China’s two biggest property companies are joining forces to buy land and develop new projects, the latest sign of how the real estate industry is adapting to the end of a housing market boom.
China Vanke, the country’s largest homebuilder by revenue, and Dalian Wanda, owner of China’s top commercial developer, on Thursday announced a “strategic co-operation agreement” that will cover both domestic and international markets.
“This alliance between two prominent real estate players spearheads a new direction for the domestic real estate industry,” they said in a joint statement.
As the multiyear boom in China’s property market has come to an end, developers have started to shift away from simply building and selling property towards business models based on income from rental and property management services.
Wanda said earlier this year it was moving to an “asset-light” model that involves using outside investor capital to fund projects rather than its own balance sheet.
Some builders also have sought to diversify away from property altogether. Evergrande announced plans last year to invest in agriculture, while Wanda set up a joint venture with two of China’s biggest internet companies to create an online-to-offline sales platform.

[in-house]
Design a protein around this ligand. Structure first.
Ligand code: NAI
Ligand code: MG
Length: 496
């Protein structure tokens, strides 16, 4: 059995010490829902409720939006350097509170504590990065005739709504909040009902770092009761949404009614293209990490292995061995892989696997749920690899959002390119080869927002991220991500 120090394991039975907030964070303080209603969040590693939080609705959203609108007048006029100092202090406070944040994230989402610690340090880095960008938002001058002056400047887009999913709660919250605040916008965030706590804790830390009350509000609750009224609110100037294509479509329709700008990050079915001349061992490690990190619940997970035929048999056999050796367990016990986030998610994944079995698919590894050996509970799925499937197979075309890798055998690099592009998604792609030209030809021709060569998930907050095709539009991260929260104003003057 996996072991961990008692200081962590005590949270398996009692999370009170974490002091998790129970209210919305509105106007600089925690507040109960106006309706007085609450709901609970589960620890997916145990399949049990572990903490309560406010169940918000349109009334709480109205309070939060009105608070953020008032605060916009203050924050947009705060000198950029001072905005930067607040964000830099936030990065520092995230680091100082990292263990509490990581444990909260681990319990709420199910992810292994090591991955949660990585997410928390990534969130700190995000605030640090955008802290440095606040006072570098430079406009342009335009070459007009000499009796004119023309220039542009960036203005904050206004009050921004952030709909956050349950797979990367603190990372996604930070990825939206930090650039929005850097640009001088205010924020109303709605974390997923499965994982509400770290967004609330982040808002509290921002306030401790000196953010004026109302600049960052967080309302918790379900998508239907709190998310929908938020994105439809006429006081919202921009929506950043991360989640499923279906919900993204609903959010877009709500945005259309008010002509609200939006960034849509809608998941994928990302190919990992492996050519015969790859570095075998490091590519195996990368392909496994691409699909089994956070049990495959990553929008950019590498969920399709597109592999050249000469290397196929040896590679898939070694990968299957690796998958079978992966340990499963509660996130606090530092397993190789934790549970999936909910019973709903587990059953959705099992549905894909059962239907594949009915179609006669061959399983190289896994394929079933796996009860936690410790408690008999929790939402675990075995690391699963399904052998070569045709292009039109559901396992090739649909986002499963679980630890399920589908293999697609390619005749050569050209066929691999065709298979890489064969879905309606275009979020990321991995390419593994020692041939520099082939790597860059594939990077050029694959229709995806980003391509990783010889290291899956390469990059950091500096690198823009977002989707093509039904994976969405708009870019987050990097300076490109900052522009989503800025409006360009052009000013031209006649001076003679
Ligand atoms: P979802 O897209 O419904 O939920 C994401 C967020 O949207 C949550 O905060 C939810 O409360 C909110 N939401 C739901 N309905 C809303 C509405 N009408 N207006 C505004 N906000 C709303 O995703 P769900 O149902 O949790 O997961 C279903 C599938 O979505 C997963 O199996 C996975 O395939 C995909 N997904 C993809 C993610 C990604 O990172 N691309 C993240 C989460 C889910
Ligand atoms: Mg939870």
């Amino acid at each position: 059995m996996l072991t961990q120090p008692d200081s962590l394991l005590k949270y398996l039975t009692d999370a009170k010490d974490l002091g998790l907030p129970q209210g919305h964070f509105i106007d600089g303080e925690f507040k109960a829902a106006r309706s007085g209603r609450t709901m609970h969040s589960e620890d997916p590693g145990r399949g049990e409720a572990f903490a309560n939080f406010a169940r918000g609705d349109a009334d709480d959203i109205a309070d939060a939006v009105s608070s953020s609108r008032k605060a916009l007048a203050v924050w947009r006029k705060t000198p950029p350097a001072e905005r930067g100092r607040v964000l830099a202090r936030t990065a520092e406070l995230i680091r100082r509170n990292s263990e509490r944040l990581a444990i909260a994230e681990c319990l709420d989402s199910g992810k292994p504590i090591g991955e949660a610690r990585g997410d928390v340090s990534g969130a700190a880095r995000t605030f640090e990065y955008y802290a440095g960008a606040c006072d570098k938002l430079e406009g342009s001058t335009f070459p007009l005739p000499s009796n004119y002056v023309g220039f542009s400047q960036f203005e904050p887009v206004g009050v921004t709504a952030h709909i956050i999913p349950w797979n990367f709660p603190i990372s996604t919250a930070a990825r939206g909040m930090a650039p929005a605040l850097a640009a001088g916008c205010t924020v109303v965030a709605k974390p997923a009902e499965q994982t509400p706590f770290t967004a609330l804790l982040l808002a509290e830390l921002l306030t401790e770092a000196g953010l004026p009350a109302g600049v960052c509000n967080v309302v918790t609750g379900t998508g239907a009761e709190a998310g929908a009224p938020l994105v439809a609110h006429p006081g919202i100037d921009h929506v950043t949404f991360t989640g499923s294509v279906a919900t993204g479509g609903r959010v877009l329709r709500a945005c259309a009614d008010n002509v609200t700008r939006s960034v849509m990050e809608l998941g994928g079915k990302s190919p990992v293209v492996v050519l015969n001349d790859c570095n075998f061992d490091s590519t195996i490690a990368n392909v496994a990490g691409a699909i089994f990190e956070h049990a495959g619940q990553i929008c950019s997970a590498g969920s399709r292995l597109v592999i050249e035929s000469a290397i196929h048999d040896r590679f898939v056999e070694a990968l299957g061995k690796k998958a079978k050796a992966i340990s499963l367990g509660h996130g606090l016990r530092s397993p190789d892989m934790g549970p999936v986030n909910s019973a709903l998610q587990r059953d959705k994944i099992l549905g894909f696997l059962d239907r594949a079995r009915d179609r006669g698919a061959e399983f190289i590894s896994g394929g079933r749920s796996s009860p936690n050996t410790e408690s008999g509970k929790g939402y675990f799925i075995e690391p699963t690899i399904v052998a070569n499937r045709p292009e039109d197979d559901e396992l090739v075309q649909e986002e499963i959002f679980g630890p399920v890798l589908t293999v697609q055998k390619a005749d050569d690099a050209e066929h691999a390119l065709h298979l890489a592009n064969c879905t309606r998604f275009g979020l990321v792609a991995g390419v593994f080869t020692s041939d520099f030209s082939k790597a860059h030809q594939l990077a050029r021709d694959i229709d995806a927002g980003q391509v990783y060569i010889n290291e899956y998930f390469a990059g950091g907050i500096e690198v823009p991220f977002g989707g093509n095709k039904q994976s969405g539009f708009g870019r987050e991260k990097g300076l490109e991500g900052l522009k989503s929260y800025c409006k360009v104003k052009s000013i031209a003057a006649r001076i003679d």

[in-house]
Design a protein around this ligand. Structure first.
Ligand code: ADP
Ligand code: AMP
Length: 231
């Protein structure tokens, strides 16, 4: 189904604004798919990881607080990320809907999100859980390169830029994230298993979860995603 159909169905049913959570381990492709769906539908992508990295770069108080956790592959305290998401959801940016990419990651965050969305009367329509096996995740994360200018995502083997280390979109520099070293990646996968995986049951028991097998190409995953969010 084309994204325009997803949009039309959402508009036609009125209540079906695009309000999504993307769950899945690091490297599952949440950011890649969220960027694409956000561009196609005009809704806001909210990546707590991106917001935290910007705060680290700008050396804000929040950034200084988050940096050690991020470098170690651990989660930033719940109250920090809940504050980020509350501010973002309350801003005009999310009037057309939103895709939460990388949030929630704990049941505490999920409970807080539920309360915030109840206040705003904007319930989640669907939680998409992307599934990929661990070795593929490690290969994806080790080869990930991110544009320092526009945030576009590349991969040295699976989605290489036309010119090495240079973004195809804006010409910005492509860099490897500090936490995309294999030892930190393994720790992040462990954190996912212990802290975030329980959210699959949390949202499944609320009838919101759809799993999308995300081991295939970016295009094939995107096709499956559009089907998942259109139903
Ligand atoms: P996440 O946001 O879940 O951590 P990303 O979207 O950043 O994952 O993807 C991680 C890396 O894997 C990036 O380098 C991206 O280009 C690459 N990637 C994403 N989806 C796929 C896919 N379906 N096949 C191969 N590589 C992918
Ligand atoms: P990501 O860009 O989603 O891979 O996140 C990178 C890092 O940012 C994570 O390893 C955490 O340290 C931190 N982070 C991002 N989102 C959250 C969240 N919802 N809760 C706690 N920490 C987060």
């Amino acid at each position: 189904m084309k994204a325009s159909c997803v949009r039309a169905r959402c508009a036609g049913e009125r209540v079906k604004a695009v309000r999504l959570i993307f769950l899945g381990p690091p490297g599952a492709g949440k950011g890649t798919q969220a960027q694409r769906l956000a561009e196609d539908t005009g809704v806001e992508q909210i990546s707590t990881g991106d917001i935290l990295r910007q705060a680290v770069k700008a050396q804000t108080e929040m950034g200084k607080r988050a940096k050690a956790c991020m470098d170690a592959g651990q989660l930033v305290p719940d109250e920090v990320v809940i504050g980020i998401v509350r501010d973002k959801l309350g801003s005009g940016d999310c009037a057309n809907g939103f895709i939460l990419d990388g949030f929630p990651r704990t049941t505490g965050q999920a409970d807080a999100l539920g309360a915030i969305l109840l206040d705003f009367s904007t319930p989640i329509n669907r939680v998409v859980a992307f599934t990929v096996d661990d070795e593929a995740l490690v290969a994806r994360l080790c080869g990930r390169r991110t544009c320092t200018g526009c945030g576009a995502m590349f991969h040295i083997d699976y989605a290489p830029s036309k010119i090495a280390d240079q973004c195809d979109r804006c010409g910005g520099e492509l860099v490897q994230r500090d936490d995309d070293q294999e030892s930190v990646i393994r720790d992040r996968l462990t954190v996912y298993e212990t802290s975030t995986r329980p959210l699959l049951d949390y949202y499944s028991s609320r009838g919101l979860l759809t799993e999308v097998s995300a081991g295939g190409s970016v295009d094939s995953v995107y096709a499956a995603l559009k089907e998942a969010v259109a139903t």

While both Vanke and Wanda are investing heavily overseas, the two have little overlap inside China.
Wanda’s commercial property arm, which raised $3.7bn from a Hong Kong flotation in December, has largely focused on office and retail development inside China, although it is building apartment blocks in London’s Nine Elms district.
The acquisitive Wanda parent company, founded by billionaire Wang Jianlin, has also targeted the entertainment sector, including the purchase of cinema chain AMC in 2012.
Vanke’s principle business is residential development, where it has the largest market share in China. Last year alone it sold 210,000 units, helping make it the biggest developer in the world by revenue.
“The two companies have extremely wide scope for co-operation, including joint acquisition of land, asset-light operation, financial innovation and offline retail within residential compounds,” Yan Changming, property analyst at Industrial Securities, wrote in a report.
They “don’t have much competition in their core business lines. This tie-up allows each to benefit from the other’s strength.”
China’s housing market has begun to show some signs of stabilising, after having slumped for more than a year. Sales rose 16 per cent annually in April in value terms, according to data this week, only the second month of annual gains since November 2013.
However, margins at many property developers are under pressure amid the scramble to cut prices in an effort to shift inventory. Vanke’s net profit fell 58 per cent in the first quarter and revenue dropped 6 per cent.
Hong Kong-listed shares in Wanda Commercial Properties rose 2.8 per cent following Thursday’s announcement, while Vanke rose 1.3 per cent.
Wanda Hotel Development, also listed in Hong Kong, jumped more than 10 per cent, prompting the company to issue a statement saying it was unaware of any reason for such “unusual price and trading volume movements”.
Additional reporting by Gabriel Wildau in Shanghai
Get alerts on Property sector when a new story is published